FSc grading system and incompetent examiners: We have been wronged!
Marks were deducted because we gave 'inconvenient' answers and did not rote learn textbooks. Should we cheat instead?
For students of the local education system, the negligence and incompetence of examiners is adversely affecting their passion and enthusiasm for learning. As an FSc student, I have directly been impacted by the lack of concern these examiners treat our grades with, assigning and cutting marks randomly, without justification. There are no checks and balances whatsoever.
Recently, my class fellows and I discovered that our FSc (part 1) biology papers were under-marked. We were puzzled, since our performance in these exams did not match the grades we were given. This was not something we could treat lightly - our professional careers were at stake.
The biology paper consisted of 22 short questions worth two marks each. My classmates and I attempted all the questions. We received only a single mark each on all the questions – without any explanation of what was missing from any of our answers. Most of the answers seemed to barely have been read. Our total came up to a 22 out of the maximum score of 44. The examiner did not specify corrections, or missing content, finding it more convenient to allow a uniform score for every answer we wrote.
In a similar incident, my friend, a studious and hard working student scored very poorly on his FSc part 1 exams, despite a prior track record of high grades. The reason? He made his own notes, and phrased the concepts in his textbooks in his own words. The examiner on the other hand required specific, word to word vocabulary from the textbook. Discouraged, my friend simply gave up on making an effort to do well in future examinations.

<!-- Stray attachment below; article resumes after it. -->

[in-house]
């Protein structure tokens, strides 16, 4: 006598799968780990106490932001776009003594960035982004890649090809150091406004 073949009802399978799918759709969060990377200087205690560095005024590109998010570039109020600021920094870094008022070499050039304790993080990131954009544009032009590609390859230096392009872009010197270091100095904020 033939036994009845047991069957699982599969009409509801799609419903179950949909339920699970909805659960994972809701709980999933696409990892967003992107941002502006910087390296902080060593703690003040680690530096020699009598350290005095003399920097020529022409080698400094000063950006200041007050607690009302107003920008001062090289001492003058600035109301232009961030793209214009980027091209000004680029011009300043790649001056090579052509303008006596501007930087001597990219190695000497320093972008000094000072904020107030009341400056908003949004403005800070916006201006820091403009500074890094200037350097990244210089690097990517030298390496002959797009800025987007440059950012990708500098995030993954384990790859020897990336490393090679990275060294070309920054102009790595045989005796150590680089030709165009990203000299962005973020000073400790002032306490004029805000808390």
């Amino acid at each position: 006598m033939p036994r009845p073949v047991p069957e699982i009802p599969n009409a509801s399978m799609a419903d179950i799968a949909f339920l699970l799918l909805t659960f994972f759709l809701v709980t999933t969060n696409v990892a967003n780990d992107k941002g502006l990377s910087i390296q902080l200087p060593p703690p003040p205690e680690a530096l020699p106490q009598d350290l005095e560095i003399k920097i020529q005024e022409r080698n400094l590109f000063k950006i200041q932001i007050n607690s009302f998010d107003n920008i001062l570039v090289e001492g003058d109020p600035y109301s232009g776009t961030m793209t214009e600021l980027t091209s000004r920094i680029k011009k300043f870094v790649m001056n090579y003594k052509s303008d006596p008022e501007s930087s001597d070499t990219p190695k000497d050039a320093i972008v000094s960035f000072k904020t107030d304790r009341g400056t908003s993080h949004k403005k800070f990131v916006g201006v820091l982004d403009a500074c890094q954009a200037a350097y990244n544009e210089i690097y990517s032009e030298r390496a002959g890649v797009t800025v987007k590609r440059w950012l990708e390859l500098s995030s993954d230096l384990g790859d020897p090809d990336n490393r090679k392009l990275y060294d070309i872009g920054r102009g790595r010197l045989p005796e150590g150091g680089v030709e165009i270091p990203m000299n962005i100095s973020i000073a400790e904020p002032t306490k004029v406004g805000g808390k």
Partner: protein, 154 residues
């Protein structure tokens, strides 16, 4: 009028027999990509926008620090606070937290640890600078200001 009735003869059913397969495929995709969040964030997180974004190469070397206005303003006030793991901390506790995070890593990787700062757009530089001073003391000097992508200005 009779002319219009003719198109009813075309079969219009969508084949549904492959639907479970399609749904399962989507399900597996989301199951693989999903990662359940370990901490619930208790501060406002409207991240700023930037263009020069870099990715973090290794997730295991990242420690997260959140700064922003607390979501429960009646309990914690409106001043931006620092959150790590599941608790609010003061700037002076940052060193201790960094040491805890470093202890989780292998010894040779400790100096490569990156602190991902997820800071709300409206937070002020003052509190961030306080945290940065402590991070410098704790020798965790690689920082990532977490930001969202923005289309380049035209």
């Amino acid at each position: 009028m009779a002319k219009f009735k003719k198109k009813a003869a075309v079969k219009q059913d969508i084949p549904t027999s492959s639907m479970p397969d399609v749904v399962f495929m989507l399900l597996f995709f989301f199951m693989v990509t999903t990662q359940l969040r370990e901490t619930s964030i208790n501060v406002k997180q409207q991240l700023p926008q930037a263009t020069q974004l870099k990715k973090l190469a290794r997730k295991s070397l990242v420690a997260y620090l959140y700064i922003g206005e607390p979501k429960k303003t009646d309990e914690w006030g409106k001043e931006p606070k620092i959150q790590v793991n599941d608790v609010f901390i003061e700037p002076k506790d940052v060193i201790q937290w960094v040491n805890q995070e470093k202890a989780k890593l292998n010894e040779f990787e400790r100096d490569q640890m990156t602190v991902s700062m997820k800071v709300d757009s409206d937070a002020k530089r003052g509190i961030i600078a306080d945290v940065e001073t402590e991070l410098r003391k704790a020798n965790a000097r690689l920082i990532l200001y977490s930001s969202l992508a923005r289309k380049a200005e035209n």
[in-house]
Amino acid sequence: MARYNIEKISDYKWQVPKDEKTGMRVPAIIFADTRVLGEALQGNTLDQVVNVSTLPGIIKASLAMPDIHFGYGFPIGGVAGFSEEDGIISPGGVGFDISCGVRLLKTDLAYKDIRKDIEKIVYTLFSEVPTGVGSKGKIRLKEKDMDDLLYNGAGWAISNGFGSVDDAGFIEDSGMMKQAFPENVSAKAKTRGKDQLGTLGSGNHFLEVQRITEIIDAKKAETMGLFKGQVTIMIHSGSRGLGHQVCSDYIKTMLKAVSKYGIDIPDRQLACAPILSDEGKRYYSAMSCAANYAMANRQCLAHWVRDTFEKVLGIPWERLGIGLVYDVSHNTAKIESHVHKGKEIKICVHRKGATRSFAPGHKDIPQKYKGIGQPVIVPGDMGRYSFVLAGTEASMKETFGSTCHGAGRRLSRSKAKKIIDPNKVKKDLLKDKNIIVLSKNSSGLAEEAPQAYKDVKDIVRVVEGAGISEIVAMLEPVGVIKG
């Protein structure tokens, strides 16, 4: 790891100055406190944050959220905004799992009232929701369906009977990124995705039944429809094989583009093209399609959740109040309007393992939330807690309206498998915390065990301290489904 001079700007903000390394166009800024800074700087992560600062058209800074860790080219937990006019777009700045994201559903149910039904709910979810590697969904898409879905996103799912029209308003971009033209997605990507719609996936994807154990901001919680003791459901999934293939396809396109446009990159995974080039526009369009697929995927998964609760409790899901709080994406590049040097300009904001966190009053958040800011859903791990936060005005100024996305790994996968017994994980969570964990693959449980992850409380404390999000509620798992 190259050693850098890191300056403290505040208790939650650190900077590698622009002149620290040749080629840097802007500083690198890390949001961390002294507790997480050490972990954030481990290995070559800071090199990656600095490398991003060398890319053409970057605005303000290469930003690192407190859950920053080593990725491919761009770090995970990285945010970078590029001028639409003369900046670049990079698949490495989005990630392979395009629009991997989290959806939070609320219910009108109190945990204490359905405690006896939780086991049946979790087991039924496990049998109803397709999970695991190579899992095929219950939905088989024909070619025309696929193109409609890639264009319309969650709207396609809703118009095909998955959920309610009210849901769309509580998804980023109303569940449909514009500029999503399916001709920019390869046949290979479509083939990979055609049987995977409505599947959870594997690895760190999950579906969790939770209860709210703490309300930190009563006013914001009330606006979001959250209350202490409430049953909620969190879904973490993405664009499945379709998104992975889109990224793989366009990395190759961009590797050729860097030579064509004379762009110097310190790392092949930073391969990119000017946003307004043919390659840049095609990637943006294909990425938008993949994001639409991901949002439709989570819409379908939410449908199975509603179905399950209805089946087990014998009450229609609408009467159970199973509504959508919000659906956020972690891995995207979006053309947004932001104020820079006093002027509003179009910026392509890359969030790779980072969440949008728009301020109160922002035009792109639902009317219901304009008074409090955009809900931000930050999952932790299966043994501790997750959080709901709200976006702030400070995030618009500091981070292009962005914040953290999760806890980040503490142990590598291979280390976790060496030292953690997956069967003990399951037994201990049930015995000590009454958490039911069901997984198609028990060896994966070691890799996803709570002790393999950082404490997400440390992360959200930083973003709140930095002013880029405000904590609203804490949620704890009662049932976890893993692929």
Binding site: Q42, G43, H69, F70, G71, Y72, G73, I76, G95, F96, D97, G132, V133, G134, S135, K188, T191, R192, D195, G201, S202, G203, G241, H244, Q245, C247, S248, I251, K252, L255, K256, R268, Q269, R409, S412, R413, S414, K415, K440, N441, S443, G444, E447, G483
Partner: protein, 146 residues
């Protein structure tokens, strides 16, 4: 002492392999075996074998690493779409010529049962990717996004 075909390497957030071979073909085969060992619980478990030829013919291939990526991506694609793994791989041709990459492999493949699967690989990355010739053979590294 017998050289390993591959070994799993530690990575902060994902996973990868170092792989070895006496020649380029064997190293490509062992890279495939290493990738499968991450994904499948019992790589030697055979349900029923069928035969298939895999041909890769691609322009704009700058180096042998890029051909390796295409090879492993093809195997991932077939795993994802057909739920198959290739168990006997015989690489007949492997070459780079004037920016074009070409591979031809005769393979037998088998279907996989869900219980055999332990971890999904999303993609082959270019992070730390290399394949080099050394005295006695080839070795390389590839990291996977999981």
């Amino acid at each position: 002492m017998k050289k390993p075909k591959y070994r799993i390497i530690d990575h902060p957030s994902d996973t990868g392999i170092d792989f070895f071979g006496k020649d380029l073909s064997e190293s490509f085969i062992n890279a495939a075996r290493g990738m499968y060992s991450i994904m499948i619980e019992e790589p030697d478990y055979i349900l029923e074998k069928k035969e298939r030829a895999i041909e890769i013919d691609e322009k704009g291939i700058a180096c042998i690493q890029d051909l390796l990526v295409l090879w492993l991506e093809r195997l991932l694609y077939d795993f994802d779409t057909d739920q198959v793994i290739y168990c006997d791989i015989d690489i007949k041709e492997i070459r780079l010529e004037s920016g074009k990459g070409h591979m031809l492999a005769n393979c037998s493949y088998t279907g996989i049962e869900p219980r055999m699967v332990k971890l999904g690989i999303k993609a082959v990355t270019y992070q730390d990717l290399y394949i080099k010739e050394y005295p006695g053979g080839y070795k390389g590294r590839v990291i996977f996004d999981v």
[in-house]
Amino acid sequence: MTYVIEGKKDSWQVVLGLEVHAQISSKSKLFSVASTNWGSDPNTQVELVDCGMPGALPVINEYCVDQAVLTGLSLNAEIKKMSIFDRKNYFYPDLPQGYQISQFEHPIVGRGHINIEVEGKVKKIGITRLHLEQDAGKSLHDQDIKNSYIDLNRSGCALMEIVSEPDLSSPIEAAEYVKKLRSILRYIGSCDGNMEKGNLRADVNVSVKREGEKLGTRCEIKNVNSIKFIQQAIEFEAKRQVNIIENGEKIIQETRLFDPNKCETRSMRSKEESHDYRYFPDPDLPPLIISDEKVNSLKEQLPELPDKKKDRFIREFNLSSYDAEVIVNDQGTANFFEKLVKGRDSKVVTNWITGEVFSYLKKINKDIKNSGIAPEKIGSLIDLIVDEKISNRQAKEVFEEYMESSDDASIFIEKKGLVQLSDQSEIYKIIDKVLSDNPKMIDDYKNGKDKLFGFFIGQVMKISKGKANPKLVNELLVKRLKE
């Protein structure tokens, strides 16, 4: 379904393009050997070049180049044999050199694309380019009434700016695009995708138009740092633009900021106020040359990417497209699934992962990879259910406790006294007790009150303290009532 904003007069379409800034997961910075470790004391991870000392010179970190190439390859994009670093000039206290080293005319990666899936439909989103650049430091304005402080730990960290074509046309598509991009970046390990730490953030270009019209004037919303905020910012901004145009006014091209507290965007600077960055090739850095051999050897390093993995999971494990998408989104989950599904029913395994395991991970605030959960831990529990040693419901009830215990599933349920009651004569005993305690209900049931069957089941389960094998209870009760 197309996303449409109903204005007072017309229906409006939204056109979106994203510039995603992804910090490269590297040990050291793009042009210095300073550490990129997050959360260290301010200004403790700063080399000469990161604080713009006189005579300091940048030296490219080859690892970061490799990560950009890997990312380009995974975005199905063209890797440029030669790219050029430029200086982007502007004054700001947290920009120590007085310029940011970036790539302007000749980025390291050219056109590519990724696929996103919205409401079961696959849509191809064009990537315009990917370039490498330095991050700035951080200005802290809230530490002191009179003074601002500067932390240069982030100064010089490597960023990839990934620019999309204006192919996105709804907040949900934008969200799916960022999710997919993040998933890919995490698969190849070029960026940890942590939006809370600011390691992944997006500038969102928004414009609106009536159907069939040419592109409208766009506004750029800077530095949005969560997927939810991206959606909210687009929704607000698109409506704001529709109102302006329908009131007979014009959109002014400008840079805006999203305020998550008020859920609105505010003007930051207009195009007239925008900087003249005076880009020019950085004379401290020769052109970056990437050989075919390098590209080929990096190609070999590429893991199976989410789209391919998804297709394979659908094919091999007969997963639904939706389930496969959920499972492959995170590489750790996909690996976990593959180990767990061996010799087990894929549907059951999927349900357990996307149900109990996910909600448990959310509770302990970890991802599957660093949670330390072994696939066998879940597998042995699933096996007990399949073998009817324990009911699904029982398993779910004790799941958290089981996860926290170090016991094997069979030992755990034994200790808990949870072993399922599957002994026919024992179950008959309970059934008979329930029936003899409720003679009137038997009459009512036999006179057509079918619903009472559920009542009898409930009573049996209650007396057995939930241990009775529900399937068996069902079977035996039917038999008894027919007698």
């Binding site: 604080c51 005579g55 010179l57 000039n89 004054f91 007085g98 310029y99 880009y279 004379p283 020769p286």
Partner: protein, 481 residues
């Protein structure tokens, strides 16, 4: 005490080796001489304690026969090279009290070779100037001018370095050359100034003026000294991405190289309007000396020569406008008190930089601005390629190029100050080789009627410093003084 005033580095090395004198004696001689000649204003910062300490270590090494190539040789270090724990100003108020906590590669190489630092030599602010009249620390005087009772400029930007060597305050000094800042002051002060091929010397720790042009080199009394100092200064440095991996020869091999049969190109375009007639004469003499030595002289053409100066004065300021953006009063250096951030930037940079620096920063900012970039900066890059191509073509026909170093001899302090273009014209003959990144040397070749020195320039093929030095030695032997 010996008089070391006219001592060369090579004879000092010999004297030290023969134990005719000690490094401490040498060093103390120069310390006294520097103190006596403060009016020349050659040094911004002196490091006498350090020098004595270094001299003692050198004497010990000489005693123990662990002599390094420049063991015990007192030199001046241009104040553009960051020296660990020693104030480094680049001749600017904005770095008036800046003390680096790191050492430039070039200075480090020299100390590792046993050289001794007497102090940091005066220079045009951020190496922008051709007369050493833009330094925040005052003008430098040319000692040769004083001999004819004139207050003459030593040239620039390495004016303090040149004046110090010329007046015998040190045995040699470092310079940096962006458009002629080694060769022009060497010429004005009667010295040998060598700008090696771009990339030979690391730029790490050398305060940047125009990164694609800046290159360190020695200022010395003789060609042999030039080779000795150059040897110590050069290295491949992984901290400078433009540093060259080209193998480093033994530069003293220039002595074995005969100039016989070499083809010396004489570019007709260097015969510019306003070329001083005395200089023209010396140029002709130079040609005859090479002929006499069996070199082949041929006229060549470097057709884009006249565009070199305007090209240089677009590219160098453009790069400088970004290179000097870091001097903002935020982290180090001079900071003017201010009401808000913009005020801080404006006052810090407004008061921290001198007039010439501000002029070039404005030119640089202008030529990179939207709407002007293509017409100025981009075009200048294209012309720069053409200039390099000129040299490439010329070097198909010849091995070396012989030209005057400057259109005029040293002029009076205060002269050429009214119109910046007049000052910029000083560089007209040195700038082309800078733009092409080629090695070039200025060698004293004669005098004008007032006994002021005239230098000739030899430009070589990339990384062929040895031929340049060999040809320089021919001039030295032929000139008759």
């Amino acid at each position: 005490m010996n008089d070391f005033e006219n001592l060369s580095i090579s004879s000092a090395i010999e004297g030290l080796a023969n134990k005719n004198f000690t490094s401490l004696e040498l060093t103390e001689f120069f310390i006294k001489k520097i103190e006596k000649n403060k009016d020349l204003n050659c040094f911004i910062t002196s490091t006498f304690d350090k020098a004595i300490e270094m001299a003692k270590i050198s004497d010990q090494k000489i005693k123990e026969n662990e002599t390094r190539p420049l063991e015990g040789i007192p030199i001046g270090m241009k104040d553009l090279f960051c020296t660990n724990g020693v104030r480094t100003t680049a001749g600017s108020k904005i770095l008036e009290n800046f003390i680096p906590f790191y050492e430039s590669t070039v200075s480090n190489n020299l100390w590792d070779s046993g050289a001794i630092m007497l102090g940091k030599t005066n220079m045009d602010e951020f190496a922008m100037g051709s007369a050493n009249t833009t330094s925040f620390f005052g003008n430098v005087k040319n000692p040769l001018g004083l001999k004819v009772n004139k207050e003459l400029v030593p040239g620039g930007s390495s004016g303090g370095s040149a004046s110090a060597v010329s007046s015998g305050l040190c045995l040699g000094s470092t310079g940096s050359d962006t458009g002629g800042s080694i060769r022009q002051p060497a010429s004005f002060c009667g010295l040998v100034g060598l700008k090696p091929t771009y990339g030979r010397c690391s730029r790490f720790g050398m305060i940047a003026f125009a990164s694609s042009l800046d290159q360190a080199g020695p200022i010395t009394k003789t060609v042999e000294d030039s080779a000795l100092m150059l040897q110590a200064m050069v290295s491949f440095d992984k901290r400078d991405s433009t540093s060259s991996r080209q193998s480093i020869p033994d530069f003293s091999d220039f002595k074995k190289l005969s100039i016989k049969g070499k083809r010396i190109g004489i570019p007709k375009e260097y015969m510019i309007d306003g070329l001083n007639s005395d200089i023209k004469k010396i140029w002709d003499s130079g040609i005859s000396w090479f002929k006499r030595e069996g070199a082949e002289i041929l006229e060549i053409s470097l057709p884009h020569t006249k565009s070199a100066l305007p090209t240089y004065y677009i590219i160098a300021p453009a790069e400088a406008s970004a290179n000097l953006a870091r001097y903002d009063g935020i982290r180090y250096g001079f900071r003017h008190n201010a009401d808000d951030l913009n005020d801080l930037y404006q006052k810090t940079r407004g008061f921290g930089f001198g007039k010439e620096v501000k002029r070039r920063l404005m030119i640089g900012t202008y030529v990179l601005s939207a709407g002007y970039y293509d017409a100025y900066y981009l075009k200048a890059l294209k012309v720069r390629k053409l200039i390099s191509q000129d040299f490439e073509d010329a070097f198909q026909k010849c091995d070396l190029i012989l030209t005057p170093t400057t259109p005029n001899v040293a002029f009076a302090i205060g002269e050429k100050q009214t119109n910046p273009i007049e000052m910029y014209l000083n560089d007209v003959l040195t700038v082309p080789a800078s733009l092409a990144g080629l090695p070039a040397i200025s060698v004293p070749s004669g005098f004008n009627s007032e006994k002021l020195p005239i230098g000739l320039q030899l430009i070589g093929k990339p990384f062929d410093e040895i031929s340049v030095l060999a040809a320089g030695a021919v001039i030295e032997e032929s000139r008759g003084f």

It is this unyielding, narrow attitude of examiners that coerces students to either cram or cheat. Rather than grasp the concepts taught in the curriculum, several students opt to copy answers from small chits or a micro photocopies that have the exact text from the course book, or rote learn entire paragraphs without understanding what they actually mean.
There is no such thing, unfortunately, as questioning the marking policy of the examination board. If a student feels that their score is unexpectedly low, they may apply for a re-check that amounts to little else apart from a recounting of the marks given. Students are lucky if they get an increase of a couple of marks from these rechecks.
Needless to say, the entire process is skewed against the interests of the very scholars this system aims to produce.
I strongly recommend that these examiners be supervised regularly and thoroughly to avoid unfair marking for students. At the very least, the system for examination rechecks needs to be evaluated. Feedback given to us must be tailored to give a clear idea of where we lose marks, and how we can avoid mistakes in future academic tests.
In my personal case, it may well be too late to change much. However, to avoid damaging career prospects for future FSc students, we must make a better marking system a priority right away. It is these graduates who will give back to the country if our educational system gives them a chance. From parents to students, everyone deserves a better explanation of how and why grades regularly fall short of expectations.
The stakes are high- do we want more students to feel wronged, and give up on their higher studies? Or do we want an educationally fulfilled Pakistan?
Read more by Usman here or follow him on Twitter @neuroguy24